Fibular artery

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Not to be confused with perineal artery.
Artery: Fibular artery
Fibular artery.png
Picture of arteries of the lower limb, showing fibular artery and its source, the posterior tibial artery. The perforating branch of fibular artery is also shown.
Gray440 color.png
Cross-section through middle of leg. (Fibular artery labeled as Peroneal at bottom right.)
Latin Arteria fibularis, arteria peronaea
Gray's p.638
Supplies lateral compartment of the leg
Source usually posterior tibial artery, occasionally popliteal artery
Branches communicating branch (to the anterior tibial artery) and the perforating branch (to the posterior tibial artery)
Vein Fibular vein

In anatomy, the fibular artery (also known as the peroneal artery) supplies blood to the lateral compartment of the leg and is typically a branch of posterior tibial artery.[1]

Structure[edit]

The fibular artery branches off the posterior tibial artery in the upper part of the leg proper, just below the knee. It runs downward in the deep posterior compartment of the leg, just medial to the fibula. It supplies a perforating branch to both the lateral and anterior compartments of the leg; it also provides a nutrient artery to the fibula.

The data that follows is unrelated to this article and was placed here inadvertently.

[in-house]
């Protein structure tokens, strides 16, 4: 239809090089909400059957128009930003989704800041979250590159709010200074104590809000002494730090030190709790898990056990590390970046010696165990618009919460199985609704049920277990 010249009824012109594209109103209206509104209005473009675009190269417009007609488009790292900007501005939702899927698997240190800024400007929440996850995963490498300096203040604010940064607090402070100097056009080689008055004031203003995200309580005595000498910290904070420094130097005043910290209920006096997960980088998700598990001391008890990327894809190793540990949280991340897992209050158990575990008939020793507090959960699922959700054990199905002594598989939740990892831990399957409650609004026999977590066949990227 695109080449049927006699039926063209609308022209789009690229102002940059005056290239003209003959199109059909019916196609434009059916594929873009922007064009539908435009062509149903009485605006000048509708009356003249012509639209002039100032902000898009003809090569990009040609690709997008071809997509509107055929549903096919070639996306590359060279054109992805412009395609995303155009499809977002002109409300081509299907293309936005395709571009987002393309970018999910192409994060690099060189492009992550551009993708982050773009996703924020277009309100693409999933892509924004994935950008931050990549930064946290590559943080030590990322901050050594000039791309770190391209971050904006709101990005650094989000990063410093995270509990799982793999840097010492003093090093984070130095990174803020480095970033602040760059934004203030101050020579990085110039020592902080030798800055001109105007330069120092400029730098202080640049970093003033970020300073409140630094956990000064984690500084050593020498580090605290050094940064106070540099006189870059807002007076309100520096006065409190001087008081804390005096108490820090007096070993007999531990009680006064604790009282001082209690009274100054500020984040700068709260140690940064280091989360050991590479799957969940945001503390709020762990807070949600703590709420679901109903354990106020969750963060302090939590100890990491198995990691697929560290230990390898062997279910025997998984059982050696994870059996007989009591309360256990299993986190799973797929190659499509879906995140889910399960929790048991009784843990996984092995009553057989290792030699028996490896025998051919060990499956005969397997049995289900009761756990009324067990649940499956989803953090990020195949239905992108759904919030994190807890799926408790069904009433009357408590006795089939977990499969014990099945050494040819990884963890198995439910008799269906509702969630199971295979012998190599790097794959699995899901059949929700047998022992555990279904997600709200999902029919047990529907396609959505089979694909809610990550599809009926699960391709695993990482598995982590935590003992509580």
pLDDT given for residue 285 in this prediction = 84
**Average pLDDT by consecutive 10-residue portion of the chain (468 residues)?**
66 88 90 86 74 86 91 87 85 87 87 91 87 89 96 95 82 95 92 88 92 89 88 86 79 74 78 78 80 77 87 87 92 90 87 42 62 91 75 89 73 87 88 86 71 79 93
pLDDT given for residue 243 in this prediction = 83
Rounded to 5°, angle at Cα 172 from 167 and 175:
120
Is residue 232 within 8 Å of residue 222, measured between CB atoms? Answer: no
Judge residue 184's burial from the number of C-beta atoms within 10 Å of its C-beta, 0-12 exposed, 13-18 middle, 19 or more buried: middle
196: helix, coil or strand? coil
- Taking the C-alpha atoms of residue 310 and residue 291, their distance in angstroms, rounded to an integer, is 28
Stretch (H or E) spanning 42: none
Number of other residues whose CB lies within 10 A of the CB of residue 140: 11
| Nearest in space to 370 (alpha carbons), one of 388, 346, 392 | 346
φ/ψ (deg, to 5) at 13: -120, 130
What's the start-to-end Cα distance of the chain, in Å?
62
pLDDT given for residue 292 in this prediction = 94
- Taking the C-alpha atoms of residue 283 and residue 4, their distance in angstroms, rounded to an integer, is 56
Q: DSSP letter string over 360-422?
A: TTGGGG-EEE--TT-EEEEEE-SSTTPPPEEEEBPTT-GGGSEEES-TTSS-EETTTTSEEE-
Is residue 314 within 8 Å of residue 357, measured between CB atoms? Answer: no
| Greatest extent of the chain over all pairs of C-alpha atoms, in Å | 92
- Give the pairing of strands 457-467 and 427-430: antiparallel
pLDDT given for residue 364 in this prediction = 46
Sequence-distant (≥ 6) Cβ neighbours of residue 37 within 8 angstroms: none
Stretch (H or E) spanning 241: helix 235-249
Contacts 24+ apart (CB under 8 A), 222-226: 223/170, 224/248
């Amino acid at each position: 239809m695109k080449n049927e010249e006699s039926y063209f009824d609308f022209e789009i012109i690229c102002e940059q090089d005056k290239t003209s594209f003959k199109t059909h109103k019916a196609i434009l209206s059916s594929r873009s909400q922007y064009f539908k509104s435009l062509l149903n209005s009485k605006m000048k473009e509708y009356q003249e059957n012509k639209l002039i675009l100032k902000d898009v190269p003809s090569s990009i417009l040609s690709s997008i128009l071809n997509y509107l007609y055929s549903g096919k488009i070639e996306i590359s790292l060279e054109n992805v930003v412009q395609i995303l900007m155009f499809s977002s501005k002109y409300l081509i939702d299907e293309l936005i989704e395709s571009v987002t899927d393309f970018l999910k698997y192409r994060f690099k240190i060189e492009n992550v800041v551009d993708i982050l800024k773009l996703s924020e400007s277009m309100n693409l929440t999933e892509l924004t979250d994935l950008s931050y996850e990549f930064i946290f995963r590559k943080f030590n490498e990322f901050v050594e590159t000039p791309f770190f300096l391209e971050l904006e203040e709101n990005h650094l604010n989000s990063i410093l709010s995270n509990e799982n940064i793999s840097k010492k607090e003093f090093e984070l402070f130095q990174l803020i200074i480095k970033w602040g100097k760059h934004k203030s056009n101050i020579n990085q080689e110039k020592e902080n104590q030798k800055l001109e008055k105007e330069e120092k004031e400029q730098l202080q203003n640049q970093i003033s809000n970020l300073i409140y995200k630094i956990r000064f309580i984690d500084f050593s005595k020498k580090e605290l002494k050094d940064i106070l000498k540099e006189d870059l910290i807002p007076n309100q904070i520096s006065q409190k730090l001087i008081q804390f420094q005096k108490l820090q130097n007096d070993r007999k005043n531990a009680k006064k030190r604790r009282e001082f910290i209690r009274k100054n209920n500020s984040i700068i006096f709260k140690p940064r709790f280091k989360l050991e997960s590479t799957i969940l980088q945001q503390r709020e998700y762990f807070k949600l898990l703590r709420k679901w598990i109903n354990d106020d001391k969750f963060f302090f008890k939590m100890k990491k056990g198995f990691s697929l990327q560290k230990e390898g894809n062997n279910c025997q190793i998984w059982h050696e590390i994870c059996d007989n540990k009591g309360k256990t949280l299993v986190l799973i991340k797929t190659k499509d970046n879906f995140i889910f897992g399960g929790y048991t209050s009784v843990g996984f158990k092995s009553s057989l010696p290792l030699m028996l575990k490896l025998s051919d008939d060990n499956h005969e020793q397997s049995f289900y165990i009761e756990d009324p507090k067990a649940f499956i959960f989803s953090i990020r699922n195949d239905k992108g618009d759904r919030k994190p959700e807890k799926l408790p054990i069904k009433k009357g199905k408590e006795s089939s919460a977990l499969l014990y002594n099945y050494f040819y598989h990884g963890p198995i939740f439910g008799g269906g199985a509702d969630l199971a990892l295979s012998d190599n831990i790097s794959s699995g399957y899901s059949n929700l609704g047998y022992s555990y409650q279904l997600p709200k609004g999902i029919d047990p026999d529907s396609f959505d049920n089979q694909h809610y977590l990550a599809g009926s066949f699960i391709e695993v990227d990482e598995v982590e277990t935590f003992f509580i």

The fibular artery is accompanied by small veins (venae comitantes) known as fibular veins

Branches[edit]

Communication branch to anterior tibial artery.

Perforating branch to Anterior lateral malleolar artery.

A calcaneal branch to the lateral part of the calcaneus.

Nomenclature[edit]

At one point in its history, both the Greek term perone and the Latin term fibula were competing to describe the smaller bone of the leg. Many of the arteries, veins, nerves, and muscles in the leg are named according to what bone they are near (e.g. tibialis anterior and the tibial nerve are near the tibia). So the artery that runs near the smaller leg bone had two names: the peroneal artery and the fibular artery. The term fibula eventually became the standard name for the bone, but many of the related arteries, muscles, and nerves are still called by the Greek derived name peroneal. The Terminologia Anatomica, the international standard for anatomical nomenclature, states that both fibula and perone derived names are acceptable, but lists the fibula derived names as the preferred terms.

Like fibula, the perone (pronounced pair-uh-knee) means pin of a brooch or buckle.

References[edit]

  1. ^ Day C, Orme R (2006). "Popliteal artery branching patterns -- an angiographic study". Clin Radiol 61 (8): 696–9. doi:10.1016/j.crad.2006.03.014. PMID 16843754. 

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